Wednesday, July 25, 2012

Why it's a bad idea for SP to compete with Amazon? (*)

(*) SP is a connection service provider who provides managed services to it's customers.

Following Amazon sucess with EC2 everyone wants to jump on Cloud bandwagon and repeat that success. SP's are no different. They suffer from declining margins and are looking for new opportunities to secure the revenue. Unfortunatley  "EC2 type" of cloud  (called later on "commodity cloud") is a bad idea to pursue. This does not mean that there's no opportunity in a cloud for SP's. Of course there is but in a bit different type of cloud.
Why it's a bad idea for SP's  to compete in "commodity cloud" space?
First we need to define who's SP regular customer. In most of the cases it's enterprise or SMB customer who's already subscribing number of services for their businesses. It's used to quality service support and willing to pay the premium for good SLA it guarantees business continuity. If we look on Amazon regular customer - in most of the cases it's a software developper in a form of startup or well established software house. It's not hard to imagine that those two types of customers have very different expectations and demands. Developpers are hardly willing to pay the premium. They will figure out hundreds of ways to customize their applications in order to avoid the premium.  Having said that commodity cloud consumer is looking for relatively simple and not expensive service.
Second thing is commodity cloud compatibility with enterprise class customer demands. In most of the cases enterprise customers are running "legacy applications" which very often are only vertically scalable. Those kind of workloads are hardly portable to commodity cloud due to it's lack of compatibility with cloud architecture.
Going further we need to look on scale. Commodity clouds are leveraging on scale effect.  Amazon is lowering it's prices few times a year - but they really can afford it. The reached critical mass  and their runrate business is reaching $1B.  Quite a lot - but let's see how many servers are needed to run this cloud. Amazon is not sharing this data but according to some analysts they manage over 500k physical servers and over 1.5M IP addresses. No wonder they are leveraging on scale effect.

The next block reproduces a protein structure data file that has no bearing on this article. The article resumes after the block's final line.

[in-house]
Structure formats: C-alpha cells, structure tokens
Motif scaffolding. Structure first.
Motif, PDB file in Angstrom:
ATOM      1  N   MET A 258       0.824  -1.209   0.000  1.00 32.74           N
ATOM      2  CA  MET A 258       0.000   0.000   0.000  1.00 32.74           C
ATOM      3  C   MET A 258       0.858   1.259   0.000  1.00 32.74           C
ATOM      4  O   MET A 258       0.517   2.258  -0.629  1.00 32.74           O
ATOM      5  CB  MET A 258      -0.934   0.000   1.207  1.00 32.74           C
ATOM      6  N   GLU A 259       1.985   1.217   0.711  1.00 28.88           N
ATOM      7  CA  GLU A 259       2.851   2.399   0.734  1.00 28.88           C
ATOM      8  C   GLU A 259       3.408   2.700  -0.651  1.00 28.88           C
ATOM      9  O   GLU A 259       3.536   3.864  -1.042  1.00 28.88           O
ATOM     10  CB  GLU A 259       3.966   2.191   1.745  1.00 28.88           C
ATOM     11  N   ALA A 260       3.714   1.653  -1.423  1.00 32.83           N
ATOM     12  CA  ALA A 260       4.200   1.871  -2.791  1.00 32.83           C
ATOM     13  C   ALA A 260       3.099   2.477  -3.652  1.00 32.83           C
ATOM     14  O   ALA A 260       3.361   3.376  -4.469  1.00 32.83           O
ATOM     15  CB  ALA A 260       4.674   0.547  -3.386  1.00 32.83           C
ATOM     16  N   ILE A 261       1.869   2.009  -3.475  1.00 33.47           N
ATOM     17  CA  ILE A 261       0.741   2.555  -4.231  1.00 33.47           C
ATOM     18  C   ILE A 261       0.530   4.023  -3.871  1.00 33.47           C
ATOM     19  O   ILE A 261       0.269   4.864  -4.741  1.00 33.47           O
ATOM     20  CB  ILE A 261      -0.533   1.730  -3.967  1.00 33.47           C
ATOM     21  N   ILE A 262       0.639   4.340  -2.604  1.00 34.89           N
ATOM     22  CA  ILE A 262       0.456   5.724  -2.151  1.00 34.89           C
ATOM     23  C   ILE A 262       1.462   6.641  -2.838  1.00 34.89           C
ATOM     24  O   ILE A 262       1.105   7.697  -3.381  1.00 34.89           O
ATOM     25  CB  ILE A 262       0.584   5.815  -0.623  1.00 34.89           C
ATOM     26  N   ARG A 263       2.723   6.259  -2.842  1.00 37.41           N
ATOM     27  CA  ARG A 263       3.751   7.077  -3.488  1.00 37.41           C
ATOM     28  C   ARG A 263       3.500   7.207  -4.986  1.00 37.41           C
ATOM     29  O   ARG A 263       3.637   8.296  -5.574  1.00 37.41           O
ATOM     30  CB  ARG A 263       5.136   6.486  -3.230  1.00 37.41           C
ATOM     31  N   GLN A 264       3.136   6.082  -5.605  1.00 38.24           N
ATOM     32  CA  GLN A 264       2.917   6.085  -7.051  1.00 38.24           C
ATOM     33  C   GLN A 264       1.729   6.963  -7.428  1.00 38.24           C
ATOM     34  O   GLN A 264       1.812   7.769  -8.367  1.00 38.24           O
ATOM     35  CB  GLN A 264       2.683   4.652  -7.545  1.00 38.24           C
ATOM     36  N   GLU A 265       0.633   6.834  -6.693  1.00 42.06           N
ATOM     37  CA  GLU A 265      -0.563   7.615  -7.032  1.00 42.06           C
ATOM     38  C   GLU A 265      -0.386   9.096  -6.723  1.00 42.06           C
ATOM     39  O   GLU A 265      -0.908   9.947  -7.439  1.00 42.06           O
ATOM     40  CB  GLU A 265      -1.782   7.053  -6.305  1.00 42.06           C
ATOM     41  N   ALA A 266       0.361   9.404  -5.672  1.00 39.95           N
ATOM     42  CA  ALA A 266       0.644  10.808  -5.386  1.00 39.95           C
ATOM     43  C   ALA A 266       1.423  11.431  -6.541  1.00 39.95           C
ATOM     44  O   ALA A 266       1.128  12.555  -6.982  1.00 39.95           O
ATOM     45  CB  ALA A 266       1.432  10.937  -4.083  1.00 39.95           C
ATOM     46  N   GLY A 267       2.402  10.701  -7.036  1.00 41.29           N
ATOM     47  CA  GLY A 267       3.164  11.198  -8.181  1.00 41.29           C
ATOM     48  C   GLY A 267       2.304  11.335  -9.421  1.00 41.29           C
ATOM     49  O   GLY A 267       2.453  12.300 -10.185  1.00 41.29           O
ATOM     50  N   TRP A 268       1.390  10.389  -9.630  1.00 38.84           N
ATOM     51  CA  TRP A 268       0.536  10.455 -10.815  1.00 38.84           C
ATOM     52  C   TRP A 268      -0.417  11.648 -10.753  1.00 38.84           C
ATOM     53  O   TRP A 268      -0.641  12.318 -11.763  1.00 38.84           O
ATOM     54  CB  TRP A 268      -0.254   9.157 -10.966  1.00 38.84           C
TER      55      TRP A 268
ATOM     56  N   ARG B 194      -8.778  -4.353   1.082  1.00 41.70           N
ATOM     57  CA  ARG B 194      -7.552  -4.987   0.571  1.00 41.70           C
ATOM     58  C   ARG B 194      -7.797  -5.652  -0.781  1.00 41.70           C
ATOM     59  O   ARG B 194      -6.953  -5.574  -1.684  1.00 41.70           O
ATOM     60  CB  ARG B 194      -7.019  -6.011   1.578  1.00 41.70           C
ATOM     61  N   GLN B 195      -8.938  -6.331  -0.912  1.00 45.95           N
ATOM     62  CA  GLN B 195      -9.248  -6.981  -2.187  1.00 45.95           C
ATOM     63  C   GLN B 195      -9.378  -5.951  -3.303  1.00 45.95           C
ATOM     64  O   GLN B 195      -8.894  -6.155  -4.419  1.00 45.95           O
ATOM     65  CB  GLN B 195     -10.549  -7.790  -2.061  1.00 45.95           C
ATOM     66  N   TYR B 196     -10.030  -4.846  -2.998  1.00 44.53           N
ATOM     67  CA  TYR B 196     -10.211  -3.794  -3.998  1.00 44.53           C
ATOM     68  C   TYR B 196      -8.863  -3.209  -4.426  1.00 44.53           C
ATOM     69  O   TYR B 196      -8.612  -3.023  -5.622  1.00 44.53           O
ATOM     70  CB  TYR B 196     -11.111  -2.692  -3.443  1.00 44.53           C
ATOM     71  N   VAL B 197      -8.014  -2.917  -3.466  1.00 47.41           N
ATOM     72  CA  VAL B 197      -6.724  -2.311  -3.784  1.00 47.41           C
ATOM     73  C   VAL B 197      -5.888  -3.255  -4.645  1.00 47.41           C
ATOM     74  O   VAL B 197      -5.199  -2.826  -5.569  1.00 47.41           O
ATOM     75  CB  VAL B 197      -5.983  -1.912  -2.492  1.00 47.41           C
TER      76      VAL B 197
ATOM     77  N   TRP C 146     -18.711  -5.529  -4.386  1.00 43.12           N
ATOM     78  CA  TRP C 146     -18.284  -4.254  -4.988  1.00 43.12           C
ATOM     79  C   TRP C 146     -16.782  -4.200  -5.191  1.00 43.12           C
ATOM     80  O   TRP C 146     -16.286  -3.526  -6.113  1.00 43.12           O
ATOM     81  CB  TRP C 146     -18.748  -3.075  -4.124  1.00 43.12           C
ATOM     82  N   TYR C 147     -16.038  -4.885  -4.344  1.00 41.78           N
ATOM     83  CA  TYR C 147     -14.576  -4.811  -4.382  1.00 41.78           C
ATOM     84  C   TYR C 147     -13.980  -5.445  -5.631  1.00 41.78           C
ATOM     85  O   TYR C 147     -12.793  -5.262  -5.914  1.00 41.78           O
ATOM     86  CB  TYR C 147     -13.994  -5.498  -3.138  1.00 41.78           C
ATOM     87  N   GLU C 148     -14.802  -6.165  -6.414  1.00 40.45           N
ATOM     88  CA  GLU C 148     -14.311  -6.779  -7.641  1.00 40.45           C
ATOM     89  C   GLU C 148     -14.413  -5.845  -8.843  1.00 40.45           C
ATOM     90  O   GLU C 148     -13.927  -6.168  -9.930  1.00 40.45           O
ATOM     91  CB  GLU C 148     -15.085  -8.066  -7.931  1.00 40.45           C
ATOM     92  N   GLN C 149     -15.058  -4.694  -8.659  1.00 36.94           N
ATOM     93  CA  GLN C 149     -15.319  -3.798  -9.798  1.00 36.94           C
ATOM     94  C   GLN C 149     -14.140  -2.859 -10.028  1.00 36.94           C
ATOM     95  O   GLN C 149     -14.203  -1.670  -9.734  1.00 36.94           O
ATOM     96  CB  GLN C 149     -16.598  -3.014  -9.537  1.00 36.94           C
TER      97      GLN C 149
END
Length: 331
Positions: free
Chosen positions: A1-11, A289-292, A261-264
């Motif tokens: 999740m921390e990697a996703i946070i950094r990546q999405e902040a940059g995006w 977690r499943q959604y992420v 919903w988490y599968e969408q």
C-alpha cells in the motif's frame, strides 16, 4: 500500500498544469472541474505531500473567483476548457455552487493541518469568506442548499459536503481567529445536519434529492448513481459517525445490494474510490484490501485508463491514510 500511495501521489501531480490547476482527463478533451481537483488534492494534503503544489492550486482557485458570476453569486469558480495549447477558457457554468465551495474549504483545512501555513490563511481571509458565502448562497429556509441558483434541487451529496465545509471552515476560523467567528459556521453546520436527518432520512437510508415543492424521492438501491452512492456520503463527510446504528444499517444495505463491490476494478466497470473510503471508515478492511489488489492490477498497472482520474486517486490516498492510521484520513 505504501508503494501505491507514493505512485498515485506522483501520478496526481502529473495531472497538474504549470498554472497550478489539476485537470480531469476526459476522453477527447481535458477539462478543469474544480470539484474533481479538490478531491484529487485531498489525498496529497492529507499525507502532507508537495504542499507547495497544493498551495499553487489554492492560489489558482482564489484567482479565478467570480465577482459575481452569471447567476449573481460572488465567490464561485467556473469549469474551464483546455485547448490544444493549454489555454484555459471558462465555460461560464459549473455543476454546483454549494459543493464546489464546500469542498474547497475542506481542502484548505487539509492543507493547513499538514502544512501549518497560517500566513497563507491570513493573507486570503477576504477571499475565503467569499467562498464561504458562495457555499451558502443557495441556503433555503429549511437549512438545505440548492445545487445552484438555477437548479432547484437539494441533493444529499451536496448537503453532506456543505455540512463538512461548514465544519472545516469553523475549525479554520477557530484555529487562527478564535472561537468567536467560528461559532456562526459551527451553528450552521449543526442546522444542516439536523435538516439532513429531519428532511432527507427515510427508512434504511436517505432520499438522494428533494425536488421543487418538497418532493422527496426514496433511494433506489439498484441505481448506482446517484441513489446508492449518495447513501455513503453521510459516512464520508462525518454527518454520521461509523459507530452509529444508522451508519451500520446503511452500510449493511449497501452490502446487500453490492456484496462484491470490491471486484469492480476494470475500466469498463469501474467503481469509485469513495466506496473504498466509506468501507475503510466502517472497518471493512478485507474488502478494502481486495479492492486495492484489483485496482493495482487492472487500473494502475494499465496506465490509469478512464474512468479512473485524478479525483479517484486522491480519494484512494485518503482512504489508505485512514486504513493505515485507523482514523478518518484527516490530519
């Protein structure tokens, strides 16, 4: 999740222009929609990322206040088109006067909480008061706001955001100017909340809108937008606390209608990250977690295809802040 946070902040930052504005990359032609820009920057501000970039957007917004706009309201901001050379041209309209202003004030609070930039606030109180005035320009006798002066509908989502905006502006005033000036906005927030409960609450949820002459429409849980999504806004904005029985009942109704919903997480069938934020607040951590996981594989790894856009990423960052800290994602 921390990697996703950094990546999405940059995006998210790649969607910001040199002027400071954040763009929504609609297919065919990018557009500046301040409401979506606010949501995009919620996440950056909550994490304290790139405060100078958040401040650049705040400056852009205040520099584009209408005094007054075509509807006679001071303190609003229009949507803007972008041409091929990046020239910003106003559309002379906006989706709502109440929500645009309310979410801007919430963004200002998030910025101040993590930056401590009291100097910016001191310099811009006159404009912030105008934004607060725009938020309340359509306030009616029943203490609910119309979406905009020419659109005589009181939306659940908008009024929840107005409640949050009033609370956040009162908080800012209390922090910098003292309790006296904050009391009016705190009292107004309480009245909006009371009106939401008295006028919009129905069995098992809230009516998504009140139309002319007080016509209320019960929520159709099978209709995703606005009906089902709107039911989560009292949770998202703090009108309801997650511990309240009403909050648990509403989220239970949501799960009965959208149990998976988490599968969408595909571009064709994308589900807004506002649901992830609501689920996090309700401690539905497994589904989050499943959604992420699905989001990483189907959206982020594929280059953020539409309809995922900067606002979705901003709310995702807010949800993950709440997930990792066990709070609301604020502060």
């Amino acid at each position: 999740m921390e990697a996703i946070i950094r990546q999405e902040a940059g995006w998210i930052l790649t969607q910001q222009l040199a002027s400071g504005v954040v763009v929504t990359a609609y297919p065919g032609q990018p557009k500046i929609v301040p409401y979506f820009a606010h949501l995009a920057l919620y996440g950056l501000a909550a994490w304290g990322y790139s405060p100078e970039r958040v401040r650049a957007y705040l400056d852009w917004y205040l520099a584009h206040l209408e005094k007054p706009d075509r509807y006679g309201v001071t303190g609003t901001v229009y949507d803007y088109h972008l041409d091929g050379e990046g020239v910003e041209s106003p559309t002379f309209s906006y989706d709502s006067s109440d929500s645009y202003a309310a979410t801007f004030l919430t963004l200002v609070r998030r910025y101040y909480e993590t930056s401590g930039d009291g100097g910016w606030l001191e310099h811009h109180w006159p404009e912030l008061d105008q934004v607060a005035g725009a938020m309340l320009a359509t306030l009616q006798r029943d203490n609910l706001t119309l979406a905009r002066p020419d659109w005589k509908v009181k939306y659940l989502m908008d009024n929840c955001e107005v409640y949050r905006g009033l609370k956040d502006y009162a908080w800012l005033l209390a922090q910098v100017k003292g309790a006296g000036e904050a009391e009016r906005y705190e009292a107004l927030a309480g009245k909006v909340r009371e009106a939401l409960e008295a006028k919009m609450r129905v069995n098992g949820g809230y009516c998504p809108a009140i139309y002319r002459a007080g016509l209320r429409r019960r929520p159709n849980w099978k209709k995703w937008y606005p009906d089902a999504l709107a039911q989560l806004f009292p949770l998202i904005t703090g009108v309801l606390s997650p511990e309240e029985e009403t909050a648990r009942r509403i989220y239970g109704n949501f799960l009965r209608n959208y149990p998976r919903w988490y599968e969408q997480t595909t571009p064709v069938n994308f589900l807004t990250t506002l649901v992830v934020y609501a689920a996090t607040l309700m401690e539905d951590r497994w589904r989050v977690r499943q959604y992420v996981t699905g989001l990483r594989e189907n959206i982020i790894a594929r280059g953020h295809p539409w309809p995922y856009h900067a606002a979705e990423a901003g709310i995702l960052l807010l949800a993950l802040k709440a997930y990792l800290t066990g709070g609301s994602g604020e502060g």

Last but not least: innovation rate. Amazon is introducing couple of  new features per month. This is something which is bit odd for SP's who are providing Managed Services.  Usually their processes are constructed to introduce new feature once per few months.
As we can see, there's number of incompatibilities between commodity cloud and SP. But where's "the beef" for SP's ?
I see an opportunity in selling VDC's (Virtualized Data Centers) - where enterprise customers can leverage on the new consumption & operational model that cloud is providing to them (cloud is operational model and technology is only enabler). Enterprise customers can request by themselves chunk of infrastructure - I'll call it container - which is compatibile with container in their datacenter. Such container shall contain elements that are currenlty used in enterprise datacenter like: multiple L2 segments (to host multitier applicaitons), firewalls & loadbalancers. Some of them can be virtualzied but some of them must remain physical (for security & audit reasons). We shouldn't forget that container must be stand up on fully redundant infrastructure (something missing in commodity cloud). As we can see there's whole lot of infrastructure automation - as cloud is all about automation.
Why this is needed? Because cloud is a journey. Sooner or later all will migrate to commodity cloud - but before that happens - enterprises must rewrite their applications to be "cloud compatibile". This will not happen overnight. Therefore I see an opportuinty for SP's to help enterprises transition into that space.